At the 2016 Farnborough International Air Show, MBDA is showcasing the next generation air-launched networked precision strike weapon, SPEAR, for which MBDA Systems was awarded a £411M development contract by the United Kingdom Ministry of Defense. SPEAR will provide the United Kingdom’s F-35 Lightning with a unique strike capability, fully utilizing the F-35’s advanced sensor and network capabilities. This agreement also includes an option to equip the Eurofighter Typhoon for future phased enhancements.
SPEAR was developed to engage long-range, mobile, fleeting and re-locatable targets in all weather conditions, day or night. SPEAR’s precision allows for a safe stand-off range that compensates for countermeasures, camouflage and other obscurants deployed by targets.
Before this most recent contract for continued development by the UK MOD, the SPEAR program completed an extensive set of test and trials activities, as part of an Assessment Phase contract. The results demonstrated that the missile’s subsystems and functional chains meet the key criteria of the UK’s SPEAR Capability 3 requirement. Successive tests focused on the guidance chain, including seeker and data link, lethal package, including warhead and fusing, culminating in the first air launch demonstration of controlled flight involving the missile’s airframe, navigation and propulsion systems. This trial firing test took place during March 2016 when a SPEAR missile launched from a Eurofighter Typhoon successfully separated from the aircraft and transitioned to powered flight before undertaking a series of complicated maneuvers that ended in a terminal dive at the desired point of impact. SPEAR accurately followed the planned trajectory within simulation predictions to achieve all trial objectives.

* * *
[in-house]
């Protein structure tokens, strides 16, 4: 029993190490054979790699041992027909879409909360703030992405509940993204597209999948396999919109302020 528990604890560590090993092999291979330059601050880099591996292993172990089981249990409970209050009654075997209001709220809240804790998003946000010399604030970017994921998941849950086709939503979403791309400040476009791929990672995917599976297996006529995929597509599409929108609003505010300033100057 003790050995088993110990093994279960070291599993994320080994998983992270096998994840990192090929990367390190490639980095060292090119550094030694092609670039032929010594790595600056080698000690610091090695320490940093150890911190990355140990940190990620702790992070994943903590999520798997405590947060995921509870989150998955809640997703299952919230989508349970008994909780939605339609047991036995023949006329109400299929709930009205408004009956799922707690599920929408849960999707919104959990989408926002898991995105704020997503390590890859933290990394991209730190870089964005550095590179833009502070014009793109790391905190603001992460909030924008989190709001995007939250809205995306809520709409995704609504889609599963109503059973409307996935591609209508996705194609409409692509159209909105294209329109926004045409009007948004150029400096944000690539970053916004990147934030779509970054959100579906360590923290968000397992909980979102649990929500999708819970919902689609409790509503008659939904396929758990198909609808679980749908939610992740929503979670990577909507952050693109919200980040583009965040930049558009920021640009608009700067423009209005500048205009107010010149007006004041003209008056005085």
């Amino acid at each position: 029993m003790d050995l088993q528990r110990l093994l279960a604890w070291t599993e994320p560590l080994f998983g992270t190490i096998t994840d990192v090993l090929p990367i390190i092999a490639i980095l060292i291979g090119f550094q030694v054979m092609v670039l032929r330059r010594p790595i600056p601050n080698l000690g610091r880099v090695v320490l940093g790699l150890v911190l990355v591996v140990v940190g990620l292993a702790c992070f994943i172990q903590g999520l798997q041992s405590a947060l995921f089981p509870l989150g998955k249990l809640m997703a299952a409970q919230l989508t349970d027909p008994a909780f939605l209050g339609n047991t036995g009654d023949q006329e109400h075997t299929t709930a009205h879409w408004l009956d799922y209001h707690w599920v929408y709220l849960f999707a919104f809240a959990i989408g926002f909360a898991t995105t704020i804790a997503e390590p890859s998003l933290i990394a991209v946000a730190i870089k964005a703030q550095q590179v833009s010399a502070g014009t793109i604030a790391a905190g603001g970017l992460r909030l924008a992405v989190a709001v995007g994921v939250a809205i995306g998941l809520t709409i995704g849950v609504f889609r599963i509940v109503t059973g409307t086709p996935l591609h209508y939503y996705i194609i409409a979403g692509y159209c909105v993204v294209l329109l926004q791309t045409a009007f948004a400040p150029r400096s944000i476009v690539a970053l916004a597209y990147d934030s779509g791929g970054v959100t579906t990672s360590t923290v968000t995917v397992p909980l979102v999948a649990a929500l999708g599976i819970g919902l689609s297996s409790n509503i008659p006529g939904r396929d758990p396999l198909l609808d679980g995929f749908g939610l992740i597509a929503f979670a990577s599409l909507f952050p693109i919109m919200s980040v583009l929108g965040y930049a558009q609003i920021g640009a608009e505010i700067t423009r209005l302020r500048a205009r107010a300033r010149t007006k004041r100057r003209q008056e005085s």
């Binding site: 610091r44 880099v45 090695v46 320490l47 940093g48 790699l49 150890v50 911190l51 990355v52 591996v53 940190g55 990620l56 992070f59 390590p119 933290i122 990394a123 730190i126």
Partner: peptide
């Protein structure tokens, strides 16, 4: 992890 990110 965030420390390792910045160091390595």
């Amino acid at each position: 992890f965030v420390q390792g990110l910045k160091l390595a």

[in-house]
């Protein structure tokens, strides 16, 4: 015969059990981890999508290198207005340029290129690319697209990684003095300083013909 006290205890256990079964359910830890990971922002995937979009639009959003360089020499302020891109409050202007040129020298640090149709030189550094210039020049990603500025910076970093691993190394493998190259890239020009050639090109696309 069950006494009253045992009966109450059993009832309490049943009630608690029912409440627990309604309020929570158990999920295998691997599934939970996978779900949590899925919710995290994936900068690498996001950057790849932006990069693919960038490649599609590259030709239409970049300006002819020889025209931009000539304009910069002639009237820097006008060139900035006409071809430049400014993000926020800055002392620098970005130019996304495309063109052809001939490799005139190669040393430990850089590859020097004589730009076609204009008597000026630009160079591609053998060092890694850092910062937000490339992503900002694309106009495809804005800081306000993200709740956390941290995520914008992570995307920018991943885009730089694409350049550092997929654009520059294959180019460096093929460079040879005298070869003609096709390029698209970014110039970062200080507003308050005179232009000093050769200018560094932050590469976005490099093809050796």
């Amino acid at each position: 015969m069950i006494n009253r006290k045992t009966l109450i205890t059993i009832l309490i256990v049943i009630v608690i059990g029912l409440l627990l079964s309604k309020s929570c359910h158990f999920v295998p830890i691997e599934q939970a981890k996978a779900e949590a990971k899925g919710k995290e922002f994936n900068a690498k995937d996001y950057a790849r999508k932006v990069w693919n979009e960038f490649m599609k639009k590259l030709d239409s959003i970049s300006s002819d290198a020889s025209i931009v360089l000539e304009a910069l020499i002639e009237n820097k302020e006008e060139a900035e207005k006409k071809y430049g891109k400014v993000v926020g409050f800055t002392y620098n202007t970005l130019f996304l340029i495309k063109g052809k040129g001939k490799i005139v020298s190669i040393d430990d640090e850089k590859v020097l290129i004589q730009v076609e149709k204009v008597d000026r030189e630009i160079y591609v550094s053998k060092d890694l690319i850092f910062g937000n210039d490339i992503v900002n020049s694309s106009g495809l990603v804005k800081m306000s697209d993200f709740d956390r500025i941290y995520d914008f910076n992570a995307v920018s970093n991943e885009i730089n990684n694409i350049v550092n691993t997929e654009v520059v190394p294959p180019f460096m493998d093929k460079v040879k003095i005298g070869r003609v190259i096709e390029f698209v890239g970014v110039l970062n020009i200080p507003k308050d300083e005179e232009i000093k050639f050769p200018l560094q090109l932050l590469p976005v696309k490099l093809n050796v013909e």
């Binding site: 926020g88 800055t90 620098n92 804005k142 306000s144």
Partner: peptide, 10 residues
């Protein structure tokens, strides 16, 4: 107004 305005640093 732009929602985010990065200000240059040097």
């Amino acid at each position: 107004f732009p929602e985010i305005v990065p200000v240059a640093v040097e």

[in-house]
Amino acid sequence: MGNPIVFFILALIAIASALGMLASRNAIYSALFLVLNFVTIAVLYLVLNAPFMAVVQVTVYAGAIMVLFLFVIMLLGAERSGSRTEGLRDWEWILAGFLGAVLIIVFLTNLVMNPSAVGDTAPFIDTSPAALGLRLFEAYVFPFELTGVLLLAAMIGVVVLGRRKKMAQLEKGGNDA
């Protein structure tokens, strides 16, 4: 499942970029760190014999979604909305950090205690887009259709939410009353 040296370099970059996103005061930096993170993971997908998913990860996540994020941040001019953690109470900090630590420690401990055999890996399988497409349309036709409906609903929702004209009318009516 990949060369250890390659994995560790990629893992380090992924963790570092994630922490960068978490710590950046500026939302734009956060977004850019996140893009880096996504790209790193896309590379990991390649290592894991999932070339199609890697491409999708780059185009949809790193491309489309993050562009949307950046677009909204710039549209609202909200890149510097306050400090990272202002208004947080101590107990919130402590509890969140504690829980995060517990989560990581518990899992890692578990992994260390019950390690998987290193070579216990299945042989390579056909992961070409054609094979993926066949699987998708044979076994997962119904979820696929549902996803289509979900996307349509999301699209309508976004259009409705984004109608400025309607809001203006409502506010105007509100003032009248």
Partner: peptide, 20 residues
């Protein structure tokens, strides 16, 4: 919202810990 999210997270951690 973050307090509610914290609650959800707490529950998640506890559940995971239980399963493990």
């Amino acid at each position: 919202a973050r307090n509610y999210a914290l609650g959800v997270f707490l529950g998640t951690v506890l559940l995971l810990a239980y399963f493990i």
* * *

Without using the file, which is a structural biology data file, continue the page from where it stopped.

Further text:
Paul Wester, SPEAR Programme Director, explained the significance of the success saying;
“This trial systematically demonstrated an advanced degree of maturity and technical progress that is unusual in an Assessment Phase. The trial had to achieve a variety of “firsts” for SPEAR including the safe separation from the jet, commencement of powered flight, the maneuver whereby it rolled and opened its wing in free flight, navigation, and the final simulated precision attack. All those actions were a challenge with a new airframe that had never flown and we are building on this very successful foundation with the weapon development phase.”
The trial aircraft were operated by BAE Systems at the QinetiQ Aberporth range in Wales.